KLEX Pools


Pools are the fundamental building blocks of the Balancer Protocol; they are smart contracts that define how traders can swap between tokens on Balancer. What makes Balancer Pools unique from those of other protocols is their limitless flexibility. While other exchanges have pools with constrained parameters, Balancer can accommodate pools of any composition and underlying math. Balancer's architecture allows for anyone to develop their own pool type, opening the door for customized pricing functions in trading pools.

Weighted Pools

Weighted Pools are a generalization of the standard constant product AMM popularized by Uniswap. Each pool can contain up to 8 different tokens and each token is assigned a weight defining what fraction of the pool is made up by each asset. Balancer's weighted pool equation is a generalization of the x*y=k by accounting for uneven weights and more assets:
V=tBtWtV = \prod_t B_t^{W_t}
where V is constant, B is an asset's balance, and W is an asset's weight in the pool.
As the price of each token changes, traders and arbitrageurs rebalance the pool by making swaps. This maintains the desired weighting of the value held by each token whilst collecting trading fees from the traders.

Stable Pools

For certain assets that are expected to consistently trade at near parity (e.g. different varieties of stablecoins or synthetics) a more efficient design is the StableSwap AMM as popularized by Curve. These pools allow for larger trades of these assets before encountering significant price impact.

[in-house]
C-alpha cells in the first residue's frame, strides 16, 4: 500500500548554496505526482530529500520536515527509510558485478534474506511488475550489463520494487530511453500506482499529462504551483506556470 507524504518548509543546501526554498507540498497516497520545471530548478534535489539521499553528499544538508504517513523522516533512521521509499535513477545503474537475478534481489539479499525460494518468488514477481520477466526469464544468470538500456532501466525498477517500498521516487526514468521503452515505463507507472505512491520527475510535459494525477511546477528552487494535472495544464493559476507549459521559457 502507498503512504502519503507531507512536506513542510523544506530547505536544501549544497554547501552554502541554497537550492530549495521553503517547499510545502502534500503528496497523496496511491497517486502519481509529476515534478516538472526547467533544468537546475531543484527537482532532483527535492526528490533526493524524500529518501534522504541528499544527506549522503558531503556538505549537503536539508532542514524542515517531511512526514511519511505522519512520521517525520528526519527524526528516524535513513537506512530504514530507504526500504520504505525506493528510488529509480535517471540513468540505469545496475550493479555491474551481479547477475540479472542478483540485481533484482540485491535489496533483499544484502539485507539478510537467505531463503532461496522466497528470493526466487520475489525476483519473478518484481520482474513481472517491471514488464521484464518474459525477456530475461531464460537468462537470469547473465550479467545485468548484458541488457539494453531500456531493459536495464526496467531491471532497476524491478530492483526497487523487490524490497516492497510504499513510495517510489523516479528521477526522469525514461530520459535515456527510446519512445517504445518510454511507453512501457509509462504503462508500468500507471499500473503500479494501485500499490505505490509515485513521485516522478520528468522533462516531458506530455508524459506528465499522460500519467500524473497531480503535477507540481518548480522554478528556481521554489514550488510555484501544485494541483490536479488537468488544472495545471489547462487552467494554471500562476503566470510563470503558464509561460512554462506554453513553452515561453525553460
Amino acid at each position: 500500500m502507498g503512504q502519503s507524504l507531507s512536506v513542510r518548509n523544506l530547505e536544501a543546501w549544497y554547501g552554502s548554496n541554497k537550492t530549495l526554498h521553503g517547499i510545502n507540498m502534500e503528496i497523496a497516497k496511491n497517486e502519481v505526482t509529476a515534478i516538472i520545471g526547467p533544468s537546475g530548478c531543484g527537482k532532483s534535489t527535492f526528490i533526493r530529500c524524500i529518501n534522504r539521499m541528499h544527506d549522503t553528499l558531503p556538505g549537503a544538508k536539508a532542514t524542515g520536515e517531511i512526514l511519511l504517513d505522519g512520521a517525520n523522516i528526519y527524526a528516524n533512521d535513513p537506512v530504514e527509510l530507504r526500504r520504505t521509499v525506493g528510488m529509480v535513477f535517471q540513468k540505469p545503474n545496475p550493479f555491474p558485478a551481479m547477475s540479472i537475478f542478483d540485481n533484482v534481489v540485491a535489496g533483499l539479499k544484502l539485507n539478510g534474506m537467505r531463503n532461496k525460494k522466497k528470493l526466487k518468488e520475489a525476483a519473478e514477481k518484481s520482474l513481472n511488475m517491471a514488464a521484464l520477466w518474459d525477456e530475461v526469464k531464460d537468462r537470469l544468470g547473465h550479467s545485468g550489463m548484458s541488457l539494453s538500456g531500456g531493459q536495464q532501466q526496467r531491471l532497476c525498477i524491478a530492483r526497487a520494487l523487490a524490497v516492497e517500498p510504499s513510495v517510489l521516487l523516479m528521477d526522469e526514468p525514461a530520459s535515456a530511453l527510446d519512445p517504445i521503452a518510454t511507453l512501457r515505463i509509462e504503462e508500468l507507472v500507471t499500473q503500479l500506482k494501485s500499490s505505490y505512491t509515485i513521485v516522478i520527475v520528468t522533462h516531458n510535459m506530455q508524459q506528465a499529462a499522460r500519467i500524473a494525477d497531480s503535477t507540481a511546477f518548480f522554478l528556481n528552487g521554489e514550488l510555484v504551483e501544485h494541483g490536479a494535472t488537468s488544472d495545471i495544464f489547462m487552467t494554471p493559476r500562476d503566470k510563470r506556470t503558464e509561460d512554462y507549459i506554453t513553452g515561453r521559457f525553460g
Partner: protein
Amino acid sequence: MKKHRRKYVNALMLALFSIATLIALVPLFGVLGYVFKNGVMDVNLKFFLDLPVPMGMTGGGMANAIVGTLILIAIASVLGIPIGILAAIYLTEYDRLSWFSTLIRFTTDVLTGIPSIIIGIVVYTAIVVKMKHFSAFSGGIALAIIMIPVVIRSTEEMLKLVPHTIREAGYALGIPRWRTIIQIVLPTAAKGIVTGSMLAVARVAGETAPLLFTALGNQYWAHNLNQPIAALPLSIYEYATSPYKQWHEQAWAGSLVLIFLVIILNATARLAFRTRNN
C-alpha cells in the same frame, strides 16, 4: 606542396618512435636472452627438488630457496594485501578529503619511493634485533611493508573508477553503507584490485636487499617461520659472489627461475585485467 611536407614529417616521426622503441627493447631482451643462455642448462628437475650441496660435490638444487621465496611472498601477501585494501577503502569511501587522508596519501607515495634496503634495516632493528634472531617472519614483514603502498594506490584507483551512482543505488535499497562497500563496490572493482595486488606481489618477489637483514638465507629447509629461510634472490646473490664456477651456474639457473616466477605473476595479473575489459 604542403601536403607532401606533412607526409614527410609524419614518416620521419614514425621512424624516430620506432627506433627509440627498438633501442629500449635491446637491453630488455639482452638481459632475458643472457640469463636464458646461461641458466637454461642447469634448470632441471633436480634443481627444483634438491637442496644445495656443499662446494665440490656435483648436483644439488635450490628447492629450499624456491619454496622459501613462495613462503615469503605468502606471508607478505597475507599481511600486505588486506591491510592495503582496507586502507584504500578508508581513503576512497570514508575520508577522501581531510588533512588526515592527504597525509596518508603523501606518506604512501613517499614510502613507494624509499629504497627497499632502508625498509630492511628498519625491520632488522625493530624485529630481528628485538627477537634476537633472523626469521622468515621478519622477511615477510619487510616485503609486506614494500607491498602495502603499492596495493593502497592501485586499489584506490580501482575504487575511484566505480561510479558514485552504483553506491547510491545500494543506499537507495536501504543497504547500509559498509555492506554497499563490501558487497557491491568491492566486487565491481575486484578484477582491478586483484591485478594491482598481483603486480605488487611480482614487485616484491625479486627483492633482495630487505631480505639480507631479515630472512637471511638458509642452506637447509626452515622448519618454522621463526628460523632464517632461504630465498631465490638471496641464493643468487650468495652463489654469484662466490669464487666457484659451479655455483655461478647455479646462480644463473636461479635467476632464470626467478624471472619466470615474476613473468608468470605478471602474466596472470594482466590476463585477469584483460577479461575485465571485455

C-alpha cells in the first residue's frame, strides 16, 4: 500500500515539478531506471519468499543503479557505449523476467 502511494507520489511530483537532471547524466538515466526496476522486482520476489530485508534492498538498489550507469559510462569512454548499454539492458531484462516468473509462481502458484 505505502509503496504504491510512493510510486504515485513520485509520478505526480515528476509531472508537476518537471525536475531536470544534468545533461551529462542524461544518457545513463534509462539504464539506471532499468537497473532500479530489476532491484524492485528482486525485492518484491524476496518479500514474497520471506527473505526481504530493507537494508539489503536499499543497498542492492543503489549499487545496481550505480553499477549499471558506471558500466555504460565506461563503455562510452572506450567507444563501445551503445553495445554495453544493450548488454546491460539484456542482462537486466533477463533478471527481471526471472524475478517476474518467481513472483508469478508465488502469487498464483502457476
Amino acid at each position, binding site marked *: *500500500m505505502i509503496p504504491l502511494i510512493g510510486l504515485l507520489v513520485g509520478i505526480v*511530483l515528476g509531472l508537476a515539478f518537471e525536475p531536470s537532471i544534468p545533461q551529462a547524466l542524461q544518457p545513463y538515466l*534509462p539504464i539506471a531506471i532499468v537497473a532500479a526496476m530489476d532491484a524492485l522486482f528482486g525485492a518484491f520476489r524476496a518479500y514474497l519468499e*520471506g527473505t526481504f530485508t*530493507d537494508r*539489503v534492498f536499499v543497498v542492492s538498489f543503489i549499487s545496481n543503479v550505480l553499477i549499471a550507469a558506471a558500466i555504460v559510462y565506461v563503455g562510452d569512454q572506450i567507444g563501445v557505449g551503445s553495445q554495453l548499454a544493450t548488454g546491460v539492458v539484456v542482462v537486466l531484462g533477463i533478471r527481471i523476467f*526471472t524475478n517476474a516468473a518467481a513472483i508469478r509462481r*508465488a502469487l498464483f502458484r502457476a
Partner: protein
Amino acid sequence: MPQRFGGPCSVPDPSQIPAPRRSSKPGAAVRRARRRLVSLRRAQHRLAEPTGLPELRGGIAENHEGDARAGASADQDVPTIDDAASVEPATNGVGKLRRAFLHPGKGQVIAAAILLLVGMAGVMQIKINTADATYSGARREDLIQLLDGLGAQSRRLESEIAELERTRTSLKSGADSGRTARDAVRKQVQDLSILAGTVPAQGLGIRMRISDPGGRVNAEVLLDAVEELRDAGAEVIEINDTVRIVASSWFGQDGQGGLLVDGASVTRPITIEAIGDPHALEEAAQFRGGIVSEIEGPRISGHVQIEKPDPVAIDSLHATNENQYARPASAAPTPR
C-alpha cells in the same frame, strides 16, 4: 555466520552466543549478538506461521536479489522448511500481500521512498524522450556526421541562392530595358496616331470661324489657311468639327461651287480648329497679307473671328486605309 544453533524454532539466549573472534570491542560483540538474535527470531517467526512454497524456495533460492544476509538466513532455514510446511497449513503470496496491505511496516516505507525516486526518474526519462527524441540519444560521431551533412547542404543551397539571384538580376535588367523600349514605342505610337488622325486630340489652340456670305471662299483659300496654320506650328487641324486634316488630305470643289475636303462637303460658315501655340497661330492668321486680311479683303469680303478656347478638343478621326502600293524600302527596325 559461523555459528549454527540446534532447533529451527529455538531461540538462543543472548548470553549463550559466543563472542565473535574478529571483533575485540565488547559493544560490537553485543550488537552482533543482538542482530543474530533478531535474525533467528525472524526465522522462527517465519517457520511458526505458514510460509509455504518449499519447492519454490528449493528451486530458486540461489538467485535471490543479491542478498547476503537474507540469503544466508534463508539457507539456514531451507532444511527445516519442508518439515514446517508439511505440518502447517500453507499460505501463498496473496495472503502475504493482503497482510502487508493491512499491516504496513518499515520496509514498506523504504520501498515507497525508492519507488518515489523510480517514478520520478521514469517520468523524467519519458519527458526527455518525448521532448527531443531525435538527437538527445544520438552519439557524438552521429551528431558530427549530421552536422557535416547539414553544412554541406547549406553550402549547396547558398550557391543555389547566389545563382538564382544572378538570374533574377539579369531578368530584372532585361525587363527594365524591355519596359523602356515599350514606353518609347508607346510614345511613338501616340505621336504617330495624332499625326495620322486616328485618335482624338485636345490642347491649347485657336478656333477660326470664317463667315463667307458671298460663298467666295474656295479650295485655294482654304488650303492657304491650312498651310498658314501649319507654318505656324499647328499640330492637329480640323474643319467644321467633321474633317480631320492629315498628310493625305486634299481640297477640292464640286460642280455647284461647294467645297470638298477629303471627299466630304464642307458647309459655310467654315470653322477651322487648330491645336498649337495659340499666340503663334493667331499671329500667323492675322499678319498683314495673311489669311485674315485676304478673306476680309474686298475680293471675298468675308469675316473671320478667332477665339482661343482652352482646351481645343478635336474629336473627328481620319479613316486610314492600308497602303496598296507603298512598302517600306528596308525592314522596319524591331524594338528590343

Liquidity Bootstrapping Pools

These pools are useful for launching tokens and swapping large amounts over time. They feature weight shifting mechanisms that results in high start prices with continuously changing sell pressure. See LBP's for Token Launches for details.

Boosted Pools

Boosted Pools bring the best of both worlds to Liquidity Providers and Swappers. Swappers get access to deep stablecoin liquidity with near-parity exchange rates while Liquidity Providers get their liquidity positions sent to external protocols, such as Yearn.Finance.
These versions of Stable Pools don't directly hold the stablecoins themselves, but rather hold the pool tokens of nested Linear Pools, which, for the Yearn.Finance example, maintain proper balances of TOKEN and aTOKEN.